Sian Prior said something at the Melbourne Writers Festival last year that has stuck in my mind – “‘Childless’…there’s that threat of deep sadness in that one word.” She went on to say that if she walked into a bookshop and saw the title, Childless, she wouldn’t buy the book. But I did.
Prior had always assumed that she would have children, however, the timing of relationships, trouble conceiving and miscarriages meant that she reached her late thirties without the baby she longed for. By that point she was in a committed relationship with a man who did not want more children (I will mention that that man was singer Paul Kelly).
Prior tells her story, rich with personal details, as well as highlighting some very important themes around not having a child (whether that be by circumstance or choice). Predominately, she describes the immense grief that was complicated by feelings of guilt, failure (“I’m not a person who fails. That’s not a boast, it’s a neurosis.”) and a profound sense of disempowerment (Prior has long been an active environmentalist, so her desire to ‘add to the population’ was always at odds with her beliefs about the future and wellbeing of the planet – she openly admits that this is something she never quite resolved).
Through all those years I spent trying to have a child, I thought giving birth would stop me feeling like a failure. Probably it would just have been the beginning of a different way of failing.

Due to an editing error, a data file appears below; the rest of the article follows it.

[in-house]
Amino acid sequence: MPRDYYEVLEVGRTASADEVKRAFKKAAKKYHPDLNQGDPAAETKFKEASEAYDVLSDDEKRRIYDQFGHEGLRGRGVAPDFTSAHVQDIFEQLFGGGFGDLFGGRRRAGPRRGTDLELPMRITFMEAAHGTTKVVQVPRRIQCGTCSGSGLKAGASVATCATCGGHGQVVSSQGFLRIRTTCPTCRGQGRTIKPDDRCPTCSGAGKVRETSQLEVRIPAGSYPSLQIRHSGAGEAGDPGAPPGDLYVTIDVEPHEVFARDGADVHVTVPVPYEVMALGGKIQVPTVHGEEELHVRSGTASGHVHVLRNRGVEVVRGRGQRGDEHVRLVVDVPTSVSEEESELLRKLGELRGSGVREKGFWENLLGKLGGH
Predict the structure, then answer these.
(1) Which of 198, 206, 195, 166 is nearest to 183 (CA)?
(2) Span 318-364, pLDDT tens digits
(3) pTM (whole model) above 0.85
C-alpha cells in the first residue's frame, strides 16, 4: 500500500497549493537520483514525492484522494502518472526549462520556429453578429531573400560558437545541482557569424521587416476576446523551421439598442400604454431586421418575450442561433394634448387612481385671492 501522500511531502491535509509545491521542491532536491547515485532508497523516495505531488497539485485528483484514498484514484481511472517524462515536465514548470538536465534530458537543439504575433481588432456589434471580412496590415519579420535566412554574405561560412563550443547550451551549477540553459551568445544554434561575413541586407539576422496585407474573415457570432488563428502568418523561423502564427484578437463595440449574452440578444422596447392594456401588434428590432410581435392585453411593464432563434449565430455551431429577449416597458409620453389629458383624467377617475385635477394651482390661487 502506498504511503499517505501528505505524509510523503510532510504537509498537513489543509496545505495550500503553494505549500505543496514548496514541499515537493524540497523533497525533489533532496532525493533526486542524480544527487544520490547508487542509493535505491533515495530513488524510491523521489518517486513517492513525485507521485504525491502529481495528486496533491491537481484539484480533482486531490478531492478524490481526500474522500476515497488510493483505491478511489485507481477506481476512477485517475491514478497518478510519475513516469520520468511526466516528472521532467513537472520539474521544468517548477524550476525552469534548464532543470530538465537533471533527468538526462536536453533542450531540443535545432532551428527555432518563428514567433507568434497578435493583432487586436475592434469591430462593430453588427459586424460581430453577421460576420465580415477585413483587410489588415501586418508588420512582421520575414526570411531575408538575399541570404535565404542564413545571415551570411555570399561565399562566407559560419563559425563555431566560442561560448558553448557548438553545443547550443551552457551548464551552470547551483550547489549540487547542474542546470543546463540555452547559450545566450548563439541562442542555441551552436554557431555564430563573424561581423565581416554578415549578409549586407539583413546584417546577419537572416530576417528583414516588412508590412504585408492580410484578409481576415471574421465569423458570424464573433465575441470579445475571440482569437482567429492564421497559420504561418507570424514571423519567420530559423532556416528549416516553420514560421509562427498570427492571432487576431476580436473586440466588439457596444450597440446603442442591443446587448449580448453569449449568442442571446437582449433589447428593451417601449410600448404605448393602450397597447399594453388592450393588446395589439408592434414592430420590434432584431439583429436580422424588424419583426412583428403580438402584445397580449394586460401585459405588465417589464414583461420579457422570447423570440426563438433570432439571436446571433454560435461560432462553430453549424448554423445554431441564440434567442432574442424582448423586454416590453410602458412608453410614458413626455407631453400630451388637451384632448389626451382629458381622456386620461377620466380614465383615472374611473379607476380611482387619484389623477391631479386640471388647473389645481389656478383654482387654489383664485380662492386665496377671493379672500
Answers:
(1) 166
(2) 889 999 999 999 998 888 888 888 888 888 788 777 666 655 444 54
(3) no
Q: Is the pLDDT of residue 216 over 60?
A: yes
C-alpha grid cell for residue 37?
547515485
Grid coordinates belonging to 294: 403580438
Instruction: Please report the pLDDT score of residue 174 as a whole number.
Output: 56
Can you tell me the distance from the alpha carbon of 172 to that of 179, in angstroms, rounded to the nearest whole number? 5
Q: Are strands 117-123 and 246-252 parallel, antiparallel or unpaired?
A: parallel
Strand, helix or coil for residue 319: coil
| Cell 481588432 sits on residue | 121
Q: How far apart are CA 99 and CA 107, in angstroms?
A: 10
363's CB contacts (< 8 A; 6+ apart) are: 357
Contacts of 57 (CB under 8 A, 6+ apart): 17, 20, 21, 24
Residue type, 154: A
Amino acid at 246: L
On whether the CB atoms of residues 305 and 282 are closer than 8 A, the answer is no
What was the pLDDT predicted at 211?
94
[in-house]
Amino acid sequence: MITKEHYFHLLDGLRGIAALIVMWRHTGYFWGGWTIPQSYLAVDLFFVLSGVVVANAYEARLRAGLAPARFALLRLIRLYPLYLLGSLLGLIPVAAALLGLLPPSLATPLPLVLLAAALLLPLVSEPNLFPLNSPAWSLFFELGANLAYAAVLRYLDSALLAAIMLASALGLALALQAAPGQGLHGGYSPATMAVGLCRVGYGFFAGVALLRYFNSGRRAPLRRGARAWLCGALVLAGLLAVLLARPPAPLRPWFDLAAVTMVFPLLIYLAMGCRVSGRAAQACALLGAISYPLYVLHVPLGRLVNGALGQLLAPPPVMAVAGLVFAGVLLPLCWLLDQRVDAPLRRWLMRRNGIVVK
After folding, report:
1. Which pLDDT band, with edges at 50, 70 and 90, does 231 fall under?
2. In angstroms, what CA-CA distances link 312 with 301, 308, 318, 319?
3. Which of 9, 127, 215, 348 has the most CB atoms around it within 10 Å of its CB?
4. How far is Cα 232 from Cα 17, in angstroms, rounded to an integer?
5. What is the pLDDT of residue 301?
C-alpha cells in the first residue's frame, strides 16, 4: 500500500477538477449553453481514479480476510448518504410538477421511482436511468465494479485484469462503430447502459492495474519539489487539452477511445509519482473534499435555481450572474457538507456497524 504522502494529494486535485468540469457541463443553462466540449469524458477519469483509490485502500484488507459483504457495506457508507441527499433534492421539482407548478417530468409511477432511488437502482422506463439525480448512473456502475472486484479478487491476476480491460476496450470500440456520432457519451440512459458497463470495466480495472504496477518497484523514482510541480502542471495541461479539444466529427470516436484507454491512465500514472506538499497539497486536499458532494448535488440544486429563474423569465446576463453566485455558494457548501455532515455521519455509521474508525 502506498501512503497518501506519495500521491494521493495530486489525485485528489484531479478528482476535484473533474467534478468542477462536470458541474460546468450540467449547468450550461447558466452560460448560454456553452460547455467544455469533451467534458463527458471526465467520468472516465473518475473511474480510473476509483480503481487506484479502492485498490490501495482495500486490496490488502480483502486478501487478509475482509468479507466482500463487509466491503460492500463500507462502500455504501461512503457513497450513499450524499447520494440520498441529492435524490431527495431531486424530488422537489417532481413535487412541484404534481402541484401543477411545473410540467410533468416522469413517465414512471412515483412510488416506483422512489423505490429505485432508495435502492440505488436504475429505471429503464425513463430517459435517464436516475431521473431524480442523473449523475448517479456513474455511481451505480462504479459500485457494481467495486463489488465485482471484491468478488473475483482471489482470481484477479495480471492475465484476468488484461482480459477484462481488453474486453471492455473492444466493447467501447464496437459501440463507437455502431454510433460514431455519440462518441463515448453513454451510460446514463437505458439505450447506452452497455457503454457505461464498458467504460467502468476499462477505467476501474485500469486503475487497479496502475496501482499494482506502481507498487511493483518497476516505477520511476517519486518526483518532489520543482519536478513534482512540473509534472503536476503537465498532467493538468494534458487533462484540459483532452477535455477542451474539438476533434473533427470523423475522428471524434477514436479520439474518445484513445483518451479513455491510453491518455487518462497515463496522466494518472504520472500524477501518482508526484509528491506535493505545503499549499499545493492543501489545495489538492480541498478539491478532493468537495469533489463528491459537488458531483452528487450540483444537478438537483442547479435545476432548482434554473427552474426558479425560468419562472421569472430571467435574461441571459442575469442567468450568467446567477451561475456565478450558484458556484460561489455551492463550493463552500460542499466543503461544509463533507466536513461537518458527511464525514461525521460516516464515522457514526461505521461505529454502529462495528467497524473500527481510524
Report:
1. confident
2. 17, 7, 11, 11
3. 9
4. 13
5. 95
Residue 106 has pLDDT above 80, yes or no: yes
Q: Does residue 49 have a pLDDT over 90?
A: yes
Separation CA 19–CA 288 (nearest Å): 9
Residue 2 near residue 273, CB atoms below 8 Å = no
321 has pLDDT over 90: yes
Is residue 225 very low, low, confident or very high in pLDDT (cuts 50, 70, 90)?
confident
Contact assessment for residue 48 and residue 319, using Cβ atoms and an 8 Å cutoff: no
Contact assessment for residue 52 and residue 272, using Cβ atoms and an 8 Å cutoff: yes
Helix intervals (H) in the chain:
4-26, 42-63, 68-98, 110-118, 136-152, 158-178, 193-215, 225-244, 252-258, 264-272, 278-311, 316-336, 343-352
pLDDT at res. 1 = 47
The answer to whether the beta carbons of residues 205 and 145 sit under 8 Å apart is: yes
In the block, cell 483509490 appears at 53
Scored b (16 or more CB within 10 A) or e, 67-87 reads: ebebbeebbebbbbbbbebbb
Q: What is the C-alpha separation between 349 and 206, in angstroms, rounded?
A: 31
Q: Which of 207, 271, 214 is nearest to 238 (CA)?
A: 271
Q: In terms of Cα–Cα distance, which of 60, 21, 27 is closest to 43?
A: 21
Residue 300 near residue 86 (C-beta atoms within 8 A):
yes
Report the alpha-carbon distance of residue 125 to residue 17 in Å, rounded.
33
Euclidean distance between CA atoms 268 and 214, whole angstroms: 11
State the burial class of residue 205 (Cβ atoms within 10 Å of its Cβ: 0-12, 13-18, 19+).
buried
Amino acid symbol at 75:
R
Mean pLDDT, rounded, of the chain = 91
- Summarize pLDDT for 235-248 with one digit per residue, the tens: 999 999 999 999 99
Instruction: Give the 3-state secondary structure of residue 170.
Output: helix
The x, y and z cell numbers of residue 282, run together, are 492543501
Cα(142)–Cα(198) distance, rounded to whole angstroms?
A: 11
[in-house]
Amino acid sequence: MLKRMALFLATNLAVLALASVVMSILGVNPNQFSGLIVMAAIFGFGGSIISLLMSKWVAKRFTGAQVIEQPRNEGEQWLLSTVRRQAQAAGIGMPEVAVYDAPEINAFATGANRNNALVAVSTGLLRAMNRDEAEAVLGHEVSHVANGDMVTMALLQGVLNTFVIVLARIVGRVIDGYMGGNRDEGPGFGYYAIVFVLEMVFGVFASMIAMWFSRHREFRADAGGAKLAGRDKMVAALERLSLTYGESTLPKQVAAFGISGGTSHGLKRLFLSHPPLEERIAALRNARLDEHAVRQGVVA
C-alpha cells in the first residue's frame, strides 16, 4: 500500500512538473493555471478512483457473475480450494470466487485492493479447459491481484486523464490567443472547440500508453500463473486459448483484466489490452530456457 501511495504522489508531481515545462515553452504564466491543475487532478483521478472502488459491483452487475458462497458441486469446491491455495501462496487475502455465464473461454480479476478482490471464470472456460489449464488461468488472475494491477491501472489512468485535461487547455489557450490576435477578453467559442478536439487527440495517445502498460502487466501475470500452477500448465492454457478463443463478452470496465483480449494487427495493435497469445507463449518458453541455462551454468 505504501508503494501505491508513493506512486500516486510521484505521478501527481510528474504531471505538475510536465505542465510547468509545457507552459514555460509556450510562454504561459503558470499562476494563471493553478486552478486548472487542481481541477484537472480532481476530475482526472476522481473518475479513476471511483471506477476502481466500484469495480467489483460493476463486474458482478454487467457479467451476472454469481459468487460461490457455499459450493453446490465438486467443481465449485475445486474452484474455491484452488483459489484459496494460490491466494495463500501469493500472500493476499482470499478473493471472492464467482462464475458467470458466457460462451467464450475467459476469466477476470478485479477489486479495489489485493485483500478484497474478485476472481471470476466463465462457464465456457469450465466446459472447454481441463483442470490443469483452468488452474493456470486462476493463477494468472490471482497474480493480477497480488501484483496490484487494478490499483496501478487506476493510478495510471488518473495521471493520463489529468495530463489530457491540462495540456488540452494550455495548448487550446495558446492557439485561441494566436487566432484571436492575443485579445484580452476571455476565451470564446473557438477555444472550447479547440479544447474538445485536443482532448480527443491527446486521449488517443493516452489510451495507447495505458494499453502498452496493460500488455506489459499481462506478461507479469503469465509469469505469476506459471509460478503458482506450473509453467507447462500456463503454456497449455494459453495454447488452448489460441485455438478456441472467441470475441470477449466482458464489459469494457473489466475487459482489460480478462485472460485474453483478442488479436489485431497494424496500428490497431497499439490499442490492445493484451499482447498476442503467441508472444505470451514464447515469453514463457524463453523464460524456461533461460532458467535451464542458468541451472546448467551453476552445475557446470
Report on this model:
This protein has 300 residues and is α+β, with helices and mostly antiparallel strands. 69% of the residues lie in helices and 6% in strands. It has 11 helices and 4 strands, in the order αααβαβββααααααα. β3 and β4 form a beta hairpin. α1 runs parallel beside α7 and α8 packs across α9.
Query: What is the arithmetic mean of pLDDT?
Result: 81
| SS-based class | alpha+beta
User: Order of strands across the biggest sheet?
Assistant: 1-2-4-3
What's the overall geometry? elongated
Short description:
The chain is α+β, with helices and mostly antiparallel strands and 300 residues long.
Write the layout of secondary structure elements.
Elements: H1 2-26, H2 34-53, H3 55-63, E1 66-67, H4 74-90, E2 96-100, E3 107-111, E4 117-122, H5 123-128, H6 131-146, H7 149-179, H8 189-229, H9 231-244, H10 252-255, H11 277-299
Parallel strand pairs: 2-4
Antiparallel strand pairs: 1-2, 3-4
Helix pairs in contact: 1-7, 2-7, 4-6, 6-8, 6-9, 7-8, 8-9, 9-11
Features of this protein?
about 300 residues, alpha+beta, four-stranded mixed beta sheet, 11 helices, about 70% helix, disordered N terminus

Of her first miscarriage she says –
We’re allowed to feel anger when it’s clear who’s at fault. We can be angry with the neglectors and the abusers and the murderers. It’s expected. But anger is not acceptable in a situation like mine. Sorrow is okay but it should be quiet, modest sorrow.
Prior is incredibly honest about her relationships with and feelings toward other peoples’ children. I have read a number of memoirs about the desire to have a child, but no author I have read has been so open about other children in the way that Prior has in Childless. There were sections where she discusses her partner’s grandchild that made me weep, as did the new wave of grief that she felt when she broke up with her partner and lost contact with his family in the process – she queries what one is ‘entitled’ to in such circumstances (and the answer is not much other than more loss).
Prior’s present life is very different to the one that she imagined for herself decades ago. And although she has discovered unexpected freedoms and happiness in her present, her memoir highlights how the concepts of ‘closure’ and ‘moving on’ are dangerous myths, because they ignore how human emotion works, constantly recalibrating. Grief doesn’t ‘go away’ but we adjust around it, and Prior explores this adjustment so eloquently.
Treading water: that’s how you deal with grief. Not waving, not drowning. Just staying afloat till you can catch your breath and you’re ready to head back to shore.
Massimo speaks passionately about how important it is for Sardinian families to hold on to their culinary traditions and pass them on to their children… Jack misses out on the boar, but returns just in time for a bowl of hare stew.